Monday, May 10, 2010

Salt to Great Haywood Junction

Sandon Hall is a 19th century country mansion, the seat of the Earl of Harrowby, at Sandon, Staffordshire, five miles (8 km) north northeast of Stafford. It is a Grade II* listed building set in 400 acres (1.6 km2) of parkland.
The Manor of Sandon came to Thomas Erdeswicke by marriage in about 1339 and was held by that family until the death of Sampson Erdeswicke in 1603. Thereafter it passed by marriage until it came to William Hamilton, 2nd Duke of Hamilton in the 17th century. The old manor house was replaced by a new house built in 1769 for Archibald Hamilton by Joseph Pickford of Derby.
The estate was purchased by Nathaniel Ryder, 1st Baron Harrowby in 1776 who retained architect Samuel Wyatt to carry out extensive extensions and improvements. The house was severely damaged by fire in 1848 and was rebuilt in 1852 by Dudley Ryder, 2nd Earl of Harrowby to a neo-Jacobean design by architect William Burn.
In the park stands a Doric column erected in memory of William Pitt the Younger in 1806.

Left a bit early this mooring to enable a visit to Weston on Trent. 

Walked up past the church.  An odd looking Victorian (St Andrew's Church has an very broad tower in Early English style, and there is other early 13C work inside, but the remainder of the exterior is Victorian, of 1860 and 1872.) rebuilding with a massive tower that is about the same size as the nave.  In fact it looks as though the chancel is bigger than the nave too.

After Weston a nice day seemed to be in the offing.  BW were out and about.  Today looks like its sluice clearing out day.

A small boat repair business with the stern of the narrowboat Toucan at one end of the yard and...

..the bows of Providence at the other.  

Its quite flat here even though I am about to go down through a lock. The rape crop making a sunny splash on the countryside.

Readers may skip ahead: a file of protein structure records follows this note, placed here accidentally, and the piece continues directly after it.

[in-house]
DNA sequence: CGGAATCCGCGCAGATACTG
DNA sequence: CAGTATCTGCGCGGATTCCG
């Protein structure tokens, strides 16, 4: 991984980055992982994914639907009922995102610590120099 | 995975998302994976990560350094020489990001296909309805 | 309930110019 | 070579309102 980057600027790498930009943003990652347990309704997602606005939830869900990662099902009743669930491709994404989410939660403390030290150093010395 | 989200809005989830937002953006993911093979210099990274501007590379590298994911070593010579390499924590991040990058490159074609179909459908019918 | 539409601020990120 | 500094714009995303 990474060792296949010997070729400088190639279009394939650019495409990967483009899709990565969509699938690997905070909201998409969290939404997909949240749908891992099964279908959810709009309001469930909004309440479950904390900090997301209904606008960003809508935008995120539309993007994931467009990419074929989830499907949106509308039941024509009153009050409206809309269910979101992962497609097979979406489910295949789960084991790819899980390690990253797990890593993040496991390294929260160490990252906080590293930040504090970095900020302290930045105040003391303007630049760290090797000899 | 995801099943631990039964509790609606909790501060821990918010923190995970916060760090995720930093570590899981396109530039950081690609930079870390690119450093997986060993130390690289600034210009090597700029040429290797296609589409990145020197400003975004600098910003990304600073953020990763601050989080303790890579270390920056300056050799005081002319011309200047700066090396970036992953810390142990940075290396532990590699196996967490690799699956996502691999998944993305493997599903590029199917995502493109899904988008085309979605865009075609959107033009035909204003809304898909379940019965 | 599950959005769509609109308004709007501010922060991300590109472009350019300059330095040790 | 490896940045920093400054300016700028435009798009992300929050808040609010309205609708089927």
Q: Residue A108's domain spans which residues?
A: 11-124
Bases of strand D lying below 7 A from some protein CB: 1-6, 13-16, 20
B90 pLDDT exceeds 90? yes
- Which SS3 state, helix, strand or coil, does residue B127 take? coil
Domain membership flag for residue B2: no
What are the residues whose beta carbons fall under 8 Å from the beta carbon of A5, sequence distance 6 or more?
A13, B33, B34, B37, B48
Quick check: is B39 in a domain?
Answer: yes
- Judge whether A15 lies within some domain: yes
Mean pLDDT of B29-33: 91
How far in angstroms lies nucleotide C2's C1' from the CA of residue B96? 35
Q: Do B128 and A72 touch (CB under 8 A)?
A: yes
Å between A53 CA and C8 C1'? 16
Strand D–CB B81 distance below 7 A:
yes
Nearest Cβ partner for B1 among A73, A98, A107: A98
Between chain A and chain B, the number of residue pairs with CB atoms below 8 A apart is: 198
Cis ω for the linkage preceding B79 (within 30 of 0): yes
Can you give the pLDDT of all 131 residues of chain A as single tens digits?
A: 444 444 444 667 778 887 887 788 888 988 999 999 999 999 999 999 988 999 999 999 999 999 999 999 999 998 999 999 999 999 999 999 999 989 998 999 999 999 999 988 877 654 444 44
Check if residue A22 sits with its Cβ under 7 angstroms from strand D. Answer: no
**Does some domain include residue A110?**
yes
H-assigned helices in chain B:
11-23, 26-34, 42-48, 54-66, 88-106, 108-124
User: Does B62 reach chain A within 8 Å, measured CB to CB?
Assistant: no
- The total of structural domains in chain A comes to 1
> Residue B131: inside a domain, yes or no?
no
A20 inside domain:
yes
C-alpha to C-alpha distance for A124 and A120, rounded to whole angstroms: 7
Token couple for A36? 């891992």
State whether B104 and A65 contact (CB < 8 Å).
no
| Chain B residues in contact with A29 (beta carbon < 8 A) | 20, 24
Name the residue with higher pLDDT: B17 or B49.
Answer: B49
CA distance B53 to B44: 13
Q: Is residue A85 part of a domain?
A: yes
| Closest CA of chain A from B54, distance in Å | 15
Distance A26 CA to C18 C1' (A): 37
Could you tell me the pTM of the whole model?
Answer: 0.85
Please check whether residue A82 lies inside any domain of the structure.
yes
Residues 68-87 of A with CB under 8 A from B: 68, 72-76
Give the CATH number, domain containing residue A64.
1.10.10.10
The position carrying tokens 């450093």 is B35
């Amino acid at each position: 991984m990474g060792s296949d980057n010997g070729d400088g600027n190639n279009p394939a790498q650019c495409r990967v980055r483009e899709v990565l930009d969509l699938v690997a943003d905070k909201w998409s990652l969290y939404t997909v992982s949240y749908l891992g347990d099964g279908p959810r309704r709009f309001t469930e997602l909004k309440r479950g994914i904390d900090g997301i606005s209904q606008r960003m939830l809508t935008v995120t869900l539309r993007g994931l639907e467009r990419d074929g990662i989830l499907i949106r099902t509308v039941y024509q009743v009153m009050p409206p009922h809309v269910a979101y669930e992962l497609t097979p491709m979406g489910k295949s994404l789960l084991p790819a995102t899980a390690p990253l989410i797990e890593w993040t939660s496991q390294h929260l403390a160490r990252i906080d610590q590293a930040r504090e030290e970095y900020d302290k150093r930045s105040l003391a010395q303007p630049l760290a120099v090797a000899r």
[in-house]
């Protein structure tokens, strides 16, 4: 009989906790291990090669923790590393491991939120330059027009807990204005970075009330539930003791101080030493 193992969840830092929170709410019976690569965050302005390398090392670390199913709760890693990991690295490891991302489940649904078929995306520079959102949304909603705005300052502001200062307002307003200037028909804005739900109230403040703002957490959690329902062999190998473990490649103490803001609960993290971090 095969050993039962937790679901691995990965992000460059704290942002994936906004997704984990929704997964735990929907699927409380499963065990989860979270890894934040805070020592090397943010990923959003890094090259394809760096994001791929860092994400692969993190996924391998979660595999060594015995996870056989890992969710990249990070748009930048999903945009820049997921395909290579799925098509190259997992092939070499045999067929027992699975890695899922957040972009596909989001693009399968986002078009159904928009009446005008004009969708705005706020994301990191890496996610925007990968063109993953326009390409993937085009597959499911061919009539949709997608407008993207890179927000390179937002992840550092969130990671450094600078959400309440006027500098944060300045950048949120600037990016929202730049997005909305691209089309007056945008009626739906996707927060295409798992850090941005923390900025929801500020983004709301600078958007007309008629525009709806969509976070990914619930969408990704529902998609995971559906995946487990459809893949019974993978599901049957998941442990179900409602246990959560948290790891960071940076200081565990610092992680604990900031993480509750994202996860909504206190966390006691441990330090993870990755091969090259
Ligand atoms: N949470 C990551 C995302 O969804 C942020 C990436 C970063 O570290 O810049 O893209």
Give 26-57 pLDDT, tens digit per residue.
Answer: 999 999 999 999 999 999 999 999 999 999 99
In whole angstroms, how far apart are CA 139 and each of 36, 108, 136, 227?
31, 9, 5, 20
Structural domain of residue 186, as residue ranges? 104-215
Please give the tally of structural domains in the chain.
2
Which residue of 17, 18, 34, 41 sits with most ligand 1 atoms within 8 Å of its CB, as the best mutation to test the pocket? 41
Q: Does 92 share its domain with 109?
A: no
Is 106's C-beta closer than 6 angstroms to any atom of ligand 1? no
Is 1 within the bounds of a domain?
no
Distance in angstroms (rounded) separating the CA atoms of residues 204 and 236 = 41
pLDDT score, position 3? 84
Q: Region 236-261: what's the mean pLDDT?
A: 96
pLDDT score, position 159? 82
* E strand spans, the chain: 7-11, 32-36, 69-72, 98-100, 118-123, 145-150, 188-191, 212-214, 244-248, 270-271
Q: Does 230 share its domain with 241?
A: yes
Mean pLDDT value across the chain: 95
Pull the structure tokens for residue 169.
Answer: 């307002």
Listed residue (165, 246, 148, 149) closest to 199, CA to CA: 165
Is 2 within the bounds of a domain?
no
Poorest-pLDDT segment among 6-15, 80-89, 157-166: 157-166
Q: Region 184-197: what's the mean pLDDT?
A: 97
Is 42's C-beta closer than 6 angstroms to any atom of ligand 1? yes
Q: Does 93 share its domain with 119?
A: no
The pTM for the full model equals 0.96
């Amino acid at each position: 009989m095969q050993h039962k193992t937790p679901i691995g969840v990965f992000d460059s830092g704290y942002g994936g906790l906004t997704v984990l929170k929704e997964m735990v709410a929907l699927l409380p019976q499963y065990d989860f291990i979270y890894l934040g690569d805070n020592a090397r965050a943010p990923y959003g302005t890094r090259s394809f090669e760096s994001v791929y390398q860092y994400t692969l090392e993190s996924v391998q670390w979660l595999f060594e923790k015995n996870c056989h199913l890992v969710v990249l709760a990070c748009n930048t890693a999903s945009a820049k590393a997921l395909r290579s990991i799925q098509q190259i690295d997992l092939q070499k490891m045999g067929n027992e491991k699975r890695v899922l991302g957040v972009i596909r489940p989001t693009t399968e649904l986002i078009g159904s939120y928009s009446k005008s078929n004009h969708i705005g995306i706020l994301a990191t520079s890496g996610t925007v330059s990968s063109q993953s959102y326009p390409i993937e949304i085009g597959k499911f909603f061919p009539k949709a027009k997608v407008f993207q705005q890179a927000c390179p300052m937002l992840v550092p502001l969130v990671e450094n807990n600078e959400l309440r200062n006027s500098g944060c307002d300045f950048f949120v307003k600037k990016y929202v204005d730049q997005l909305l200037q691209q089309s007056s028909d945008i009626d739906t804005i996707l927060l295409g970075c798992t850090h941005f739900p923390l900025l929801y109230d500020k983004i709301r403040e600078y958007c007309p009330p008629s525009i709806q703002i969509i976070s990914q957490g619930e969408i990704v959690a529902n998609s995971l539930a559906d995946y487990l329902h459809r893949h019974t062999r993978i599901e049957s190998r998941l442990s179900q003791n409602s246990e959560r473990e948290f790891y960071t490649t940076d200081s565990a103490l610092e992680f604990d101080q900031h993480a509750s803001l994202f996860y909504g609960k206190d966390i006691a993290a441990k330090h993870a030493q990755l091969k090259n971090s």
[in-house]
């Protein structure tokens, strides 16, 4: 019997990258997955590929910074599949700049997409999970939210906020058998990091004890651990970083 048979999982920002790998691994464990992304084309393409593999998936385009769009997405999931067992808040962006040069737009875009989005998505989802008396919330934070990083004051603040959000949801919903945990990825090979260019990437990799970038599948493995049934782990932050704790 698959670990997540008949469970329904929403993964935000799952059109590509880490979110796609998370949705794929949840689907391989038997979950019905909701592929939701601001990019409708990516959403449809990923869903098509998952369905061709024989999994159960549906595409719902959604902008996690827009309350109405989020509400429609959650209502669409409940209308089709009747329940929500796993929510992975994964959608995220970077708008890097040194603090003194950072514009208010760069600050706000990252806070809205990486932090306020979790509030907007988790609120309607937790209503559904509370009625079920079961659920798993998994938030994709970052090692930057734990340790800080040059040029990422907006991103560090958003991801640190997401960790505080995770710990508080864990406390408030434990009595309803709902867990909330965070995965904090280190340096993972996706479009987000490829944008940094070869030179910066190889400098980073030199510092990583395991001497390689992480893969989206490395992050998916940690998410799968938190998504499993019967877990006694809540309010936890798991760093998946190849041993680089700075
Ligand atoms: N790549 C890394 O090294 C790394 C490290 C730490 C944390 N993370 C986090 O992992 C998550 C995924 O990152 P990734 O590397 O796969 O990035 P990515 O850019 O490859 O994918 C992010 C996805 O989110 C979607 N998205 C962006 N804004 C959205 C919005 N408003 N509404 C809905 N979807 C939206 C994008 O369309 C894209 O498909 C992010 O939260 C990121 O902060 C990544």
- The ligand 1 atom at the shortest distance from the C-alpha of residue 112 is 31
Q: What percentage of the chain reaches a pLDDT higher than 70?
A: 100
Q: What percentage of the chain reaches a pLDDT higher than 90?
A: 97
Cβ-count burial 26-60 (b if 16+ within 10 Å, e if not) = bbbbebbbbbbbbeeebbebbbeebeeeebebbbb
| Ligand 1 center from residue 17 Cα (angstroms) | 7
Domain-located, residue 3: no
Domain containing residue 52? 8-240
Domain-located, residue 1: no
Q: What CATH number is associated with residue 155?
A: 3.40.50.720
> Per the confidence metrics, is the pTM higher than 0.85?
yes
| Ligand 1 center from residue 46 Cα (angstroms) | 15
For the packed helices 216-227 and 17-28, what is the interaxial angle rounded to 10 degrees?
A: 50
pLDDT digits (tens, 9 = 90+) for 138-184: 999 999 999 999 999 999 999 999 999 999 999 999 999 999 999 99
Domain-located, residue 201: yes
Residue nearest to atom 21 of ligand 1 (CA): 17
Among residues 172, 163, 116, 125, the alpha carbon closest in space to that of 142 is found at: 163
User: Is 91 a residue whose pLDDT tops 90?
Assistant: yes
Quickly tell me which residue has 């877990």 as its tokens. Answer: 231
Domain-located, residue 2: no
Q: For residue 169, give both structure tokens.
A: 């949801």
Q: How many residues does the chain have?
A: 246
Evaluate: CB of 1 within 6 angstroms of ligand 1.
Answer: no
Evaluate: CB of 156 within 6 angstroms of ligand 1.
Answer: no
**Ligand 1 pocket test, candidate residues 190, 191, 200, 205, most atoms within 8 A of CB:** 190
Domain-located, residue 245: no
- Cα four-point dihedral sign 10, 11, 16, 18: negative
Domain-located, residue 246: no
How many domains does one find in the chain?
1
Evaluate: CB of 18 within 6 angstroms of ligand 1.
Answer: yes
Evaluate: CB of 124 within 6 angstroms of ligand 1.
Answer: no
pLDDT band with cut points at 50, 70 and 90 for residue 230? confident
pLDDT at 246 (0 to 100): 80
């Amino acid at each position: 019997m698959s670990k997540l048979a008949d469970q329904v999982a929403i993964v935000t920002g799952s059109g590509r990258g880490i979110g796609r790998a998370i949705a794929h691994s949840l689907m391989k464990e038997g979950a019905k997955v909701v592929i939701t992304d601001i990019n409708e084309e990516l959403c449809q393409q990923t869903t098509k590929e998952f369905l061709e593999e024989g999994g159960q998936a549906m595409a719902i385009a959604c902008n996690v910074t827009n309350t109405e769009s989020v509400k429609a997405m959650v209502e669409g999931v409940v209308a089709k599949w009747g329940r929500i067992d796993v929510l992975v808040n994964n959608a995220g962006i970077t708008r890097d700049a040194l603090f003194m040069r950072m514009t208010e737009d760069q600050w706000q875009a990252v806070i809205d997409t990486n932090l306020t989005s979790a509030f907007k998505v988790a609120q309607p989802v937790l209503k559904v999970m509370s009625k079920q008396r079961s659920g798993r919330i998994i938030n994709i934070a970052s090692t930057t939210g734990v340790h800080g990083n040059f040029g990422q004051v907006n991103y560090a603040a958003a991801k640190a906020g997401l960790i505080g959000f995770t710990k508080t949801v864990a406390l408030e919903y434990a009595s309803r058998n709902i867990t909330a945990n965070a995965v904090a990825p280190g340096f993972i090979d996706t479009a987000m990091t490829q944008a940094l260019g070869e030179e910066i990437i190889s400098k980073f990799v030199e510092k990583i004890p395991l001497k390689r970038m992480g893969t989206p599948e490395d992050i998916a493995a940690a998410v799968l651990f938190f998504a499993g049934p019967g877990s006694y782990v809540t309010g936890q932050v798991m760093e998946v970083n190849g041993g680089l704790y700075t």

There was a jam at the lock with two boats in front of me and a couple coming up.  By the time I was in the lock another two boats had arrived behind me.  Nb Malvolio is a hire boat and is inhabited for the next while by a group of American cousins enjoying the life afloat.

The countryside is wall to wall sky.  My mother wouldn't have liked it.  That was the problem with Lincolnshire I had been told. Too much sky.  Well she was from the Welsh valleys.

On arrival at Great Haywood I moored up for a moment outside the Anglo-Welsh yard.  I popped in and bought a couple of chains to help with mooring alongside those parts of the canal that have been piled.  I was going to get some 'paperclips' but they had run out.

Great Haywood junction is well known and the photo appears everywhere. The canal down that arm is the Staffordshire and Worcester and is one I will have to do some time in the future.

The Anglo-Welsh yard. We have been seeing their boats for the last couple of weeks.  The staff do seem very friendly and will help in anyway they can.  Even, I was told, ordering gear in that they don't normally carry if you can wait a few days for it.

Moved on after my purchase to the other side of the junction.  I spotted the delightful bows on this boat.  Nb Spider - according to a search in Google - was first listed in 1859 but was unfit for use in 1928.  The data mentions its backward sloping bows so when does this one date from.

The views from the bows of tonights mooring.  There is another Red dragon being flow three boats in front. 

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